The system is capable of parking the car automatically in spaces that are less than a metre longer than the Kuga, removing all the anxiety and frustration associated with trying to parallel park. Getting out of the space when you're done shopping is, however, up to you.
8. Hands-free powered tailgate
Taking keyless entry further, Ford's brand new powered tailgate on the Kuga has a neat trick up its sleeve. You can open the boot (trunk) without needing to use your hands, thanks to a strip of sensors under the rear bumper. As long as you've got the key on your person, or it's already in the car, you can open the boot with your foot.
Simply swing your foot towards the rear bumper, underneath the car and the tailgate will open. Once you're done, a second kick will then automatically close the boot, ready to go. It's a handy little feature for when you're trying to shove the shopping in the back, or your handful-of-a-dog for that matter.
9. Smart Regenerative Charging
The new Ford Kuga also comes equipped with a "smart regenerative charging" system. Not a hybrid or electric car system, as the name might suggest, instead it's an intelligent control system for charging the car's battery.
In most normal cars, the alternator that charges the car's battery is permanently hooked up to the engine when running. Ford's system only engages the alternator when the car's coasting, slowing down or idling, reducing wear and tear on the engine and other components in the system, making it all last longer. It's handy for saving on expensive servicing bills while still keeping the Kuga's large battery topped up as required.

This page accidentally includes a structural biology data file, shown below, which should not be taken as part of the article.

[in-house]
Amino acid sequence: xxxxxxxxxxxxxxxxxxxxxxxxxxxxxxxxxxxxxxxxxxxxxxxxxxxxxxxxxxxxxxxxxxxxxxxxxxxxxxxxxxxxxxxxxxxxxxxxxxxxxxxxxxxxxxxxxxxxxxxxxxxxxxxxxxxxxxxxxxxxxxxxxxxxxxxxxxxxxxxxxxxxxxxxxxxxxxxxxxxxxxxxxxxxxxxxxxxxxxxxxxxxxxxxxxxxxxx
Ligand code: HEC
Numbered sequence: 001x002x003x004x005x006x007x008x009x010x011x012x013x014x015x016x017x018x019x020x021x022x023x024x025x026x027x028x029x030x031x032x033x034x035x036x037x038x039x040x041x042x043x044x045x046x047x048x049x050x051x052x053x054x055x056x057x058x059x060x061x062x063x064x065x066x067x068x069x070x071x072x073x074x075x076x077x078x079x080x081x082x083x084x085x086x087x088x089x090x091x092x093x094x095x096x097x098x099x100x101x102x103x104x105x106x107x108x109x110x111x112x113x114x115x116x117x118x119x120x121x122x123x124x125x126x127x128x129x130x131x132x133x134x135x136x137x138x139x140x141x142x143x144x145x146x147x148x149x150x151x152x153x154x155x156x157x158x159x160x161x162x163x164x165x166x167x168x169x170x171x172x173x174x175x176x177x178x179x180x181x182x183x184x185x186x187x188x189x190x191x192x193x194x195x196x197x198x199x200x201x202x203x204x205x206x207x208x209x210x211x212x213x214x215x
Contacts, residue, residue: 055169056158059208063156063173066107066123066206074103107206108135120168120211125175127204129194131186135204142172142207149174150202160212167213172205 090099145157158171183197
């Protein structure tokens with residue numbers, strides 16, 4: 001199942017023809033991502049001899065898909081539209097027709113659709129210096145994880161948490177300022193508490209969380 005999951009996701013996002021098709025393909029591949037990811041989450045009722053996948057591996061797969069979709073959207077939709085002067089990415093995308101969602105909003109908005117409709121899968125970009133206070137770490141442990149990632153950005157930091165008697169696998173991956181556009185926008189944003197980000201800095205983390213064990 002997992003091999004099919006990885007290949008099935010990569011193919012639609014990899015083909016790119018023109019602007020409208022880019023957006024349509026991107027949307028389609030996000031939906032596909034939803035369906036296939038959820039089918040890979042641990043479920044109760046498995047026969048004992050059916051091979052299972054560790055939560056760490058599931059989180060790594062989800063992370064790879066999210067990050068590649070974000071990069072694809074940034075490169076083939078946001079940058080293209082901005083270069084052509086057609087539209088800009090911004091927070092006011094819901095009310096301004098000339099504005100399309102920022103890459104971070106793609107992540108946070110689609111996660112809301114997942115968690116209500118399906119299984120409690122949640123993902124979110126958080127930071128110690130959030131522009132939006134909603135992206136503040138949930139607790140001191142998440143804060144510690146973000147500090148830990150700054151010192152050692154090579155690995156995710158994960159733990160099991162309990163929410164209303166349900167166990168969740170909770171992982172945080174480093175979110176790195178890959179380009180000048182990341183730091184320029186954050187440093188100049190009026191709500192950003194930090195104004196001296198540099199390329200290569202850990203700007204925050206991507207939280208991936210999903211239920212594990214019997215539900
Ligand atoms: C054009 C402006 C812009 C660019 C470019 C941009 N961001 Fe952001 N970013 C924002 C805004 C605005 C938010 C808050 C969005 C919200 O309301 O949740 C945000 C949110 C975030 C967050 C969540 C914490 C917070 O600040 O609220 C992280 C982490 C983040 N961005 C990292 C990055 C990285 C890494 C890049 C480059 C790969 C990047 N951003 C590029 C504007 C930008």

10. Intelligent AWD with torque vectoring control
For a big car, the Kuga is surprisingly nimble, innpart due to its intelligent all-wheel drive traction control system. Going beyond what a normal traction control system does, Ford's packed the Kuga with what it's calling Smart AWD.
Essentially the system combines the best of both worlds, from pure low-speed pulling power and control to a decent, responsive drive at higher speeds. To do this, the system automatically balances the power distribution without you having to do anything other than drive. At speeds over 18mph the Kuga adjusts the drive balance for optimum driving feel, handling and response, giving you a heads-up display showing precisely where the power is going.
Instead of lowering the engine power like older systems, it uses the brakes on the individual wheels to gently adjust the wheel's speed back into traction range. In essence, it enhances your steering ability in corners by applying a small amount of braking force to the inside wheels. This pulls the car tighter around the corner and eliminates torque steering, which forces the steering wheel outwards as you floor the throttle. It's something you'd see on high-performance vehicles and sports cars, so it's impressive to see Ford bringing it down into the SUV segment.
Of course, being a 4x4, at low speeds and in slippery conditions the Kuga channels the power to whichever wheel has the most traction, engaging all four wheels and using the brakes to stop individual wheels just spinning up, meaning you can master whatever obstacle stands in your path even though the Kuga doesn't pack a low-ratio gearbox.
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